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Canoe, the Bangkok chimp, getting help form authorities

Finally a chance for change!

On February 18th Edwin Wiek, founder of WFFT, was able to hand over 25,000 signatures of a petition on CHANGE.ORG to the director-general of the Department of National Parks and Wildlife (DNP), under the ministry of Natural Resources and Environment (MONRE). Edwin spoke out on the concern over the living conditions of “Canoe” an adult chimp that has been living in a 5 square meter cage for over 20 years in the middle of Bangkok, at Sammithichot School.

In the same week, the Wildlife Friends Foundation Thailand also send an official letter to the office of the director-general of the DNP, to further explain that our concern over Canoe was on three different (legal) points.
1. Where did the chimp, a protected species under CITES law, originate from and how did it enter Thailand?
2. How can an animal live in a small and dark environment for so many years? Can anything be done to better it’s life?
3. What about the danger of keeping a dangerous animal in a small and unsafe enclosure in the middle of a city?

After further discussion between our foundation, The Thai AGA and the Love Wildlife Foundation and authorities the DNP applied for a court order to search the premises of the Sammithichot School, accompanied by the Natural Resources and Environmental Crime Division (NRECD Police) and the Livestock Department who are in charge over Animal cruelty legislation.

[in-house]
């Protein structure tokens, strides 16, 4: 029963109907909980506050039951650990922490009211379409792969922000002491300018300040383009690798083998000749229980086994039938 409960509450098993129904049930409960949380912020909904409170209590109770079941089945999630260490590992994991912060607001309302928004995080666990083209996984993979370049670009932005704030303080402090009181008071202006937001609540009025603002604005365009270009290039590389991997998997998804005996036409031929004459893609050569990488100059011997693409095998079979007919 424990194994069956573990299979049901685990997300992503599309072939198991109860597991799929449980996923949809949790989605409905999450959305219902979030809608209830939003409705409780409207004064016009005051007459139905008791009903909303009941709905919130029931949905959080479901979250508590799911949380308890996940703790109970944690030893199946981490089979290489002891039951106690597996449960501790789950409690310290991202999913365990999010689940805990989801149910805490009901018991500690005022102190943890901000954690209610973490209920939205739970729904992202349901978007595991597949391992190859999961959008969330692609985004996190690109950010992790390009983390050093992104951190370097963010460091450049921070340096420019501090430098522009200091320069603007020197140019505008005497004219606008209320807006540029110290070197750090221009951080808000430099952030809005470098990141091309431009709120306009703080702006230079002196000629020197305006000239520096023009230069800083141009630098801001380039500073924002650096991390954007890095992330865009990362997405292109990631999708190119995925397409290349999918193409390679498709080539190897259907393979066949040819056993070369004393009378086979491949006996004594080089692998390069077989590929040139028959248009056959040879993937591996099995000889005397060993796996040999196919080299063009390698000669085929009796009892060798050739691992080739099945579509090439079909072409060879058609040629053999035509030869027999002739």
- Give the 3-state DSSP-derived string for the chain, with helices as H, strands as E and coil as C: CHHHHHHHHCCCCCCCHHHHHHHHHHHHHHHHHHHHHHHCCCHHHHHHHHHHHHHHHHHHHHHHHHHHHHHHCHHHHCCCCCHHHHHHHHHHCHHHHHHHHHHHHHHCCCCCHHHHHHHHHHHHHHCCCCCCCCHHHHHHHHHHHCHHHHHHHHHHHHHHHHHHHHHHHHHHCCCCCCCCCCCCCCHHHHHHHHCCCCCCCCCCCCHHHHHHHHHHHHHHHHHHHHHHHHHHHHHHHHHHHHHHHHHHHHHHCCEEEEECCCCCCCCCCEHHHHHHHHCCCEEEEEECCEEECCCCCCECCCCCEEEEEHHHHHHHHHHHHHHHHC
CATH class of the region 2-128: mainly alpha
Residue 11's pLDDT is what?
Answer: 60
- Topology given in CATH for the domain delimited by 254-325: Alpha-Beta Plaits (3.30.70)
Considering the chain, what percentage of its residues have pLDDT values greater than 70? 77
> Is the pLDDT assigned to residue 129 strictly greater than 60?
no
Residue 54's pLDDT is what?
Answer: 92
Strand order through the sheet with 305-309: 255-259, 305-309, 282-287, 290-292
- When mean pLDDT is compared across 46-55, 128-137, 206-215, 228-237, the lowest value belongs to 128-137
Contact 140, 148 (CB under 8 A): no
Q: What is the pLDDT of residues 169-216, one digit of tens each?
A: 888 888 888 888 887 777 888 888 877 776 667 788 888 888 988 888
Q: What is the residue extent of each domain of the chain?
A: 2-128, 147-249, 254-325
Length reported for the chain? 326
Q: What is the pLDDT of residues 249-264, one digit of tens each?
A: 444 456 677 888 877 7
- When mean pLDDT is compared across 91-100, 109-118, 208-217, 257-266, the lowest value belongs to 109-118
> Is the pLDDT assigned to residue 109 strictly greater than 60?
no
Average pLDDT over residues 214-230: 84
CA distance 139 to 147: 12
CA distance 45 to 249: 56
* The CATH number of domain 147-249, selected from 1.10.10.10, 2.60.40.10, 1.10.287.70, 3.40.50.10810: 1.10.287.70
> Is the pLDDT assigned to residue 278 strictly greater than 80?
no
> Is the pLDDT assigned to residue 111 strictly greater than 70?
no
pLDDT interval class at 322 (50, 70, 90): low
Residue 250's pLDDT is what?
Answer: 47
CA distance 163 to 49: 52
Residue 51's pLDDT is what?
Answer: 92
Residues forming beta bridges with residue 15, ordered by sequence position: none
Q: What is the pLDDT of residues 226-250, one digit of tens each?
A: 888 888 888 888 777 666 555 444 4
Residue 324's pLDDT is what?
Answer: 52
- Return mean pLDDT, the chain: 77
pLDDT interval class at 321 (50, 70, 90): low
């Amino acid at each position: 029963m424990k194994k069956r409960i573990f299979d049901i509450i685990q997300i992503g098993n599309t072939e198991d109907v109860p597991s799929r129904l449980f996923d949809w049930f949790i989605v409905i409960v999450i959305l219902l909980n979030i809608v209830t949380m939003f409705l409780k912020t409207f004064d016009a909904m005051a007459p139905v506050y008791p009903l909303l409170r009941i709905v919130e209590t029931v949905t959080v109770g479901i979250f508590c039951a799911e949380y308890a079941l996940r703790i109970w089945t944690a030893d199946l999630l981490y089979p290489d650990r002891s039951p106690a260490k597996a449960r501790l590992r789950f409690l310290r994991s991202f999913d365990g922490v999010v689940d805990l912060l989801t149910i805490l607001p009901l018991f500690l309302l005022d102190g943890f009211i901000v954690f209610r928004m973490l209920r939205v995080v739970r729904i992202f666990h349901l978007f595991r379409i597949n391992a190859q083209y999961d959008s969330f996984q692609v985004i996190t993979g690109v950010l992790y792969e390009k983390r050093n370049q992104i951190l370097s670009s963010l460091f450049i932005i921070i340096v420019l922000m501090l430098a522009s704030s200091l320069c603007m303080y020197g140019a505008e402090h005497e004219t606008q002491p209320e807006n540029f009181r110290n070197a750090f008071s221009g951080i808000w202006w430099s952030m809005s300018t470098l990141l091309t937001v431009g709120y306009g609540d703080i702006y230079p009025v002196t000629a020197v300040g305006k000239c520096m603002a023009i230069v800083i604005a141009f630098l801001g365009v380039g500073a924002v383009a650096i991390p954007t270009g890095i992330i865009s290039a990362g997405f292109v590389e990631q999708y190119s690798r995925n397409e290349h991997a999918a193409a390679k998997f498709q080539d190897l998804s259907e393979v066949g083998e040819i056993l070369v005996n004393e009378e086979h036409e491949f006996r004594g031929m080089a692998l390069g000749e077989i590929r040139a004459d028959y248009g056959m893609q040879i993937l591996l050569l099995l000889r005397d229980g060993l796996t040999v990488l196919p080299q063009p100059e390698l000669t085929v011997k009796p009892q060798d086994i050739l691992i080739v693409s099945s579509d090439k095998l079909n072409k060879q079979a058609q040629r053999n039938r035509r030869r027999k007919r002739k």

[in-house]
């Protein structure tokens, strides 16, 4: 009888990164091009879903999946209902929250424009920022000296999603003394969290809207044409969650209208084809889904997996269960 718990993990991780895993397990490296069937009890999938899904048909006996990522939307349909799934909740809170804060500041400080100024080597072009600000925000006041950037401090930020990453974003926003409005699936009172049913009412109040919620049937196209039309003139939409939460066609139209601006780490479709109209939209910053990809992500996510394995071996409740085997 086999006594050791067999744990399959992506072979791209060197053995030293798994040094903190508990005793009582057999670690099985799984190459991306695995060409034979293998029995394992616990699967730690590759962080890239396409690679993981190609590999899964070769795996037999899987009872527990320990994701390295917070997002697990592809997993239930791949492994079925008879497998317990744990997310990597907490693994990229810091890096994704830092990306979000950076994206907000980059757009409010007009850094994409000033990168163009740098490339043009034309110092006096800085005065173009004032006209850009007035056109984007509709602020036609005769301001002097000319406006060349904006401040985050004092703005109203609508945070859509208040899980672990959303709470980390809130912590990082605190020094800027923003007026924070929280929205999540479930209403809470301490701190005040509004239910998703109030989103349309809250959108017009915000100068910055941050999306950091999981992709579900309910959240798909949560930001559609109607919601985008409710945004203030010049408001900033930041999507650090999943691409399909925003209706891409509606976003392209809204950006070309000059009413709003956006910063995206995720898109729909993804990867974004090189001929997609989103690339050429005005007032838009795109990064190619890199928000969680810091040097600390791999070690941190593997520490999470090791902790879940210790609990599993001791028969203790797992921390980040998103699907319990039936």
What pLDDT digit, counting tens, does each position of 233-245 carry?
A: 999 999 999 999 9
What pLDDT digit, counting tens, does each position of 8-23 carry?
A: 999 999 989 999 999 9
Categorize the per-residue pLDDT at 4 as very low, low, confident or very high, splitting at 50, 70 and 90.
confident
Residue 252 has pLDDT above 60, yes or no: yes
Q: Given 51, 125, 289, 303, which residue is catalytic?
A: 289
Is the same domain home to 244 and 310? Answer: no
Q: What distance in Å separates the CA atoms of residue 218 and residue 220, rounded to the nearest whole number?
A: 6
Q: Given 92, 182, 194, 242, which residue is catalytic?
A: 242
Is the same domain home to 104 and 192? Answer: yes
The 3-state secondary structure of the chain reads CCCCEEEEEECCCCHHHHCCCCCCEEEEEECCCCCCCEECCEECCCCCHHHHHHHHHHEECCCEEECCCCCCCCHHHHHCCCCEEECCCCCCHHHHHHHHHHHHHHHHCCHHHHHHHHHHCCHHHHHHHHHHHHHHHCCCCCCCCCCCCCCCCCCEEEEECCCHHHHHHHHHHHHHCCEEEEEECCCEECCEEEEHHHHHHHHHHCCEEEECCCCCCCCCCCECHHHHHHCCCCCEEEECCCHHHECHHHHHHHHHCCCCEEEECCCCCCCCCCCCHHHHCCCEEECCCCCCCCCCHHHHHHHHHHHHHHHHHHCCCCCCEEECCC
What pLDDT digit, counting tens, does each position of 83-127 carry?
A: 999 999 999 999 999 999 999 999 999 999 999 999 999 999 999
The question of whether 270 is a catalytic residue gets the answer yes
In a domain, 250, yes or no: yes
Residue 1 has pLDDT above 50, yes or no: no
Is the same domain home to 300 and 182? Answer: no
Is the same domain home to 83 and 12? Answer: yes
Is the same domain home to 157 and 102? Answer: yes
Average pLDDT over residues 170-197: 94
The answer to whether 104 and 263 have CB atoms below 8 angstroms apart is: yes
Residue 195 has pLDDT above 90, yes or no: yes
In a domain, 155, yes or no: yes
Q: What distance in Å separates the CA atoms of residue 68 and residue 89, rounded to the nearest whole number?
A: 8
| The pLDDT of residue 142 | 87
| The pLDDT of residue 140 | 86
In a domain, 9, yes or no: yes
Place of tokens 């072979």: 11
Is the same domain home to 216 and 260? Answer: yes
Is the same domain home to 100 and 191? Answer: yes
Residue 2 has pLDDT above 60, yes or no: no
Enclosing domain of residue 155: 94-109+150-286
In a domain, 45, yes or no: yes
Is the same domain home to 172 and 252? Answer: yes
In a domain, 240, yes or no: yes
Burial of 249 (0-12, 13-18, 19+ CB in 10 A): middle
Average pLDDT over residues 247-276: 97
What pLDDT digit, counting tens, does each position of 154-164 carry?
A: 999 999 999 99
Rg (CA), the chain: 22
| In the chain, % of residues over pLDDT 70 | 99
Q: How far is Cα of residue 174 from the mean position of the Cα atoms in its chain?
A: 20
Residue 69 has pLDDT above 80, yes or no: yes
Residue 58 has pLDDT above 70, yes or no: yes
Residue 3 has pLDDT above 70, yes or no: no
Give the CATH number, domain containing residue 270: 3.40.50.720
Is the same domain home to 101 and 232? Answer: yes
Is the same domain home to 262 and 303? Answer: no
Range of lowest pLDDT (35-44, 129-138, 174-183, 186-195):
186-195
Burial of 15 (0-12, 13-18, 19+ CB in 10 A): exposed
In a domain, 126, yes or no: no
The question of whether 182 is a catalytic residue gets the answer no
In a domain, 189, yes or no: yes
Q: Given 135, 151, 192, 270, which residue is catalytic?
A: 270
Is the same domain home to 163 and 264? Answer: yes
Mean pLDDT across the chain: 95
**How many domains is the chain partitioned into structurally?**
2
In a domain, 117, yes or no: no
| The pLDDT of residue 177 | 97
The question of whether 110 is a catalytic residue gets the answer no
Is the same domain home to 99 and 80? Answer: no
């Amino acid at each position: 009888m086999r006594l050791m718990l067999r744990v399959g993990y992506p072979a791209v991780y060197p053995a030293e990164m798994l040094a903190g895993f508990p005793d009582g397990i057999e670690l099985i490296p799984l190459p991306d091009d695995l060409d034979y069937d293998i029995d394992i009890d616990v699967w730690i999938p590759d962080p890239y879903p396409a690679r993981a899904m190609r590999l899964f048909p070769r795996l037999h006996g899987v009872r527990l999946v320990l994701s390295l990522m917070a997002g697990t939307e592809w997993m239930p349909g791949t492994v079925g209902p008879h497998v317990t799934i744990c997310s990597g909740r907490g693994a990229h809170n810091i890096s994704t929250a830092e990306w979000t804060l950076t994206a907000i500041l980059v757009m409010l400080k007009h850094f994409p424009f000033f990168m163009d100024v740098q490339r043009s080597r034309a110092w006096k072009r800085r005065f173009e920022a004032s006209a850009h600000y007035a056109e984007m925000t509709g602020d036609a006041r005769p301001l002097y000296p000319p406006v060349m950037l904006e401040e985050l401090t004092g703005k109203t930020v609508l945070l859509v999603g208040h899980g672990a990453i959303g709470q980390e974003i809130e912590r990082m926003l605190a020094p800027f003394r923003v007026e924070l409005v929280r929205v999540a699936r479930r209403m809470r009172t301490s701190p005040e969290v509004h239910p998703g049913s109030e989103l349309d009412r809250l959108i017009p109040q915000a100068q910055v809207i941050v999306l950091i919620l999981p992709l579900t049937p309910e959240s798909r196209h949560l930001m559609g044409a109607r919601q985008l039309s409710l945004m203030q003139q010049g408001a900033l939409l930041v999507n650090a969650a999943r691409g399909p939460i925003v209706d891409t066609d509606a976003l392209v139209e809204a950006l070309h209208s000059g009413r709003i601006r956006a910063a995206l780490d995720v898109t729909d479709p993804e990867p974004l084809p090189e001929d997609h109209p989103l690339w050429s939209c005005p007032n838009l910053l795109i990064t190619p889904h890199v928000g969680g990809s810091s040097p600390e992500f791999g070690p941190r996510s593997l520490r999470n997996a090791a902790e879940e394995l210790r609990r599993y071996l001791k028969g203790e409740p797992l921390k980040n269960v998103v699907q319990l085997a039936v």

On Friday the 20th of February authorities, accompanied by the three local animal welfare and wildlife conservation NGO’s presented the court order for a search and entered the school for an investigation and check-up. At the school a white-handed gibbon, a crab-eating macaque and the chimp were found kept in inappropriate conditions. Documents for both the gibbon and macaque were handed over, however for the chimp there was no legal document of ownership and it was claimed by the owner that he has had it since before the Thai wildlife laws came into effect.

Authorities have given the owners 90 days to improve the living conditions for all 3 animals found to international standard, but advised however to hand-over the animals instead so a better place could be found at a rescue facility with other individuals of their own kind.

We are thankful that the authorities have taken our complaint and concern serious and hope this latest order will at least improve the living conditions of Canoe and the other two primates. In 90 days we will accompany the authorities again to see the improvements made, or ask for confiscation of the animals if there is no positive change seen by then.

Thank you all 25,000 people that have signed our campaign on, for now this is a first victory to give Canoe a second chance in life!

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